Alastair is now playing the waiting game to find out if he will be invited to compete at the Games proper. He adds: “Every day you are looking at the calendar knowing it’s one day closer to finding out if you’ve made it. But, for me, it’s not just about being selected – it’s about progressing in your chosen sport and the best thing for me is that every week I am getting better.”

Charlie Pelling, Manager at Lady Haig’s Poppy Factory, said: “Alistair, Fraser and all of us at Lady Haig’s Poppy Factory are proud to be associated with this important day. The National Uplift is the end point of 12 months’ work and marks the moment when Poppy Appeal 2019 becomes a reality, as we ship all of the poppy orders to the vast army of amazing volunteers, who in turn will deliver this year’s Appeal for Poppyscotland.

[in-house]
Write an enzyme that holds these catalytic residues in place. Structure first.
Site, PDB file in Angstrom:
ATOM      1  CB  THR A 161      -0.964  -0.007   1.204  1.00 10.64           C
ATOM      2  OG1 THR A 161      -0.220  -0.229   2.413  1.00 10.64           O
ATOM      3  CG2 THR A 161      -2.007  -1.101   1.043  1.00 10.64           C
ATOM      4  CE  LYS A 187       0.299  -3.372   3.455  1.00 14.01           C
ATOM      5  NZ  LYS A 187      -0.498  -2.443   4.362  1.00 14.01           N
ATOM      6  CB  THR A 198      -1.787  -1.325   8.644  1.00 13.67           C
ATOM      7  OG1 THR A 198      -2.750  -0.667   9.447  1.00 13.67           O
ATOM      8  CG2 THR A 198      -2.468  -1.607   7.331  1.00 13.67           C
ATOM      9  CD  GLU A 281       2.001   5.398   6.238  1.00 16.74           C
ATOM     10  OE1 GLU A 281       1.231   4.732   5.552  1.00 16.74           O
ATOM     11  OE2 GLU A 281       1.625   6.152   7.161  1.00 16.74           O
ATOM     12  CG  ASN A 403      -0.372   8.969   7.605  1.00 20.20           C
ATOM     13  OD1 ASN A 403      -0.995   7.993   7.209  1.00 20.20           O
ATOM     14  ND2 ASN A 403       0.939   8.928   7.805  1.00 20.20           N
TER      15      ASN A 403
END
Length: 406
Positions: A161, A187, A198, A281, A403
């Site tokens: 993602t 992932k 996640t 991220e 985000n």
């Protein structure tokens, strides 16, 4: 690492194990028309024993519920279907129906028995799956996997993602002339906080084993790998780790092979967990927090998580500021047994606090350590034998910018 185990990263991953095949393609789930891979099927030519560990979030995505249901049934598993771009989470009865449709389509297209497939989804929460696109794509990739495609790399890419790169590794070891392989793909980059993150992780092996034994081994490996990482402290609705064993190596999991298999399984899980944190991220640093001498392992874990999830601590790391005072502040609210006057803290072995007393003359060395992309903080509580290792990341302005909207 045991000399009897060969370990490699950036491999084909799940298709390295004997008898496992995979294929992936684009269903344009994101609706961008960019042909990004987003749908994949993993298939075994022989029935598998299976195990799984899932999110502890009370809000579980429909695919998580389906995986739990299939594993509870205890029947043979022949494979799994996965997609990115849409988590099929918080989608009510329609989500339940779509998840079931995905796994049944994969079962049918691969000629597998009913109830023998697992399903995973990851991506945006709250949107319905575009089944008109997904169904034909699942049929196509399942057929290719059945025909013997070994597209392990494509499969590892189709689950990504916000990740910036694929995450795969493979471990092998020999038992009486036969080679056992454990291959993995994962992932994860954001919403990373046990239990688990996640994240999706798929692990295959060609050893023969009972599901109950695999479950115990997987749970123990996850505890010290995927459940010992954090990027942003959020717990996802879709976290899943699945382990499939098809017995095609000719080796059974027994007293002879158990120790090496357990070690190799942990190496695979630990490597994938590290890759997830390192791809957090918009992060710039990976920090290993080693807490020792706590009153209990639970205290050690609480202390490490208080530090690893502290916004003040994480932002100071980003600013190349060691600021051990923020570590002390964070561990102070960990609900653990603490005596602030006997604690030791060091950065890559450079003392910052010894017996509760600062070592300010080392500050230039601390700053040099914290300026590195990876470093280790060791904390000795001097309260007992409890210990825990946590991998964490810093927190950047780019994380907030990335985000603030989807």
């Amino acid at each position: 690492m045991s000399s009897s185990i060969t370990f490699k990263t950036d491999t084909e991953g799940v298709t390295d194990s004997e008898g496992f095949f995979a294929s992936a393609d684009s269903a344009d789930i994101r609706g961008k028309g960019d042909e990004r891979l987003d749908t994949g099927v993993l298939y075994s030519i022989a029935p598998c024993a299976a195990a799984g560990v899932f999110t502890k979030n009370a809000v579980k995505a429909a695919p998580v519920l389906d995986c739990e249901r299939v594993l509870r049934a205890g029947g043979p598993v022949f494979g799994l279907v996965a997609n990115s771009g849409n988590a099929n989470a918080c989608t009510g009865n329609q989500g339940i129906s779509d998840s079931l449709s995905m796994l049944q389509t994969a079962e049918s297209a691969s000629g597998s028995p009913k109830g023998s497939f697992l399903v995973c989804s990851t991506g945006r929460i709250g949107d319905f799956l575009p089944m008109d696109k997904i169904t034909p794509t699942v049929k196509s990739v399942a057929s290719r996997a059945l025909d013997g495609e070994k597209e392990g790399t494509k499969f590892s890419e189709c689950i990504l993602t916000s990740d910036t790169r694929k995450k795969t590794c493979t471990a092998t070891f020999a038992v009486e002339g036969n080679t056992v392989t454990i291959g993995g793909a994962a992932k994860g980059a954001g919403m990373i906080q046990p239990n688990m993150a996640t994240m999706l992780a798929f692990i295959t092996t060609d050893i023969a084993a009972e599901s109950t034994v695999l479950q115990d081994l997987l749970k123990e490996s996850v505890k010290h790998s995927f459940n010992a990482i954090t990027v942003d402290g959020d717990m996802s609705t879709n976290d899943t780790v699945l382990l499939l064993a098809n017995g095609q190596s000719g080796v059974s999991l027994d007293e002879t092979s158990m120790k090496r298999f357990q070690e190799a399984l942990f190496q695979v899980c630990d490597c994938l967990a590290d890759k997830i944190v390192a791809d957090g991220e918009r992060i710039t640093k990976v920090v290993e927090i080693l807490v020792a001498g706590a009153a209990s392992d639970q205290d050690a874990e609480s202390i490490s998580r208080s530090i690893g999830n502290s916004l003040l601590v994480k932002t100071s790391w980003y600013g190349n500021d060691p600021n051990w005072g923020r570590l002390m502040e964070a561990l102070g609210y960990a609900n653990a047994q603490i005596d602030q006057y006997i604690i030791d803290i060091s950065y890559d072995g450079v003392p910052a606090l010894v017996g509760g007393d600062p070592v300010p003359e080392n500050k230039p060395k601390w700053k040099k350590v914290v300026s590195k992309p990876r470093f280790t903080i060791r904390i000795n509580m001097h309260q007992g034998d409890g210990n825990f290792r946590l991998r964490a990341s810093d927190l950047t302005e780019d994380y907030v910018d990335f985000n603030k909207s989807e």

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“However, it’s a particularly special occasion as we salute Fraser and Alastair for their respective bids to qualify for the UK Invictus Games squad. They have both trained and worked very hard to get this far and we wish them the very best of luck when it comes to finding out if they have been selected to compete at The Hague. We have a very special team of veterans at the factory who work tirelessly all- year-round to ensure that everyone who chooses to do so can wear a poppy with pride.”

Next year’s Invictus Games will be the fifth staging of the event, which has previously been held in London, Orlando, Toronto and Sydney. Speaking last year when the venue was announced, Prince Harry, who founded the Games, said: “The city will soon become the motivation for hundreds of Servicemen and Servicewomen.”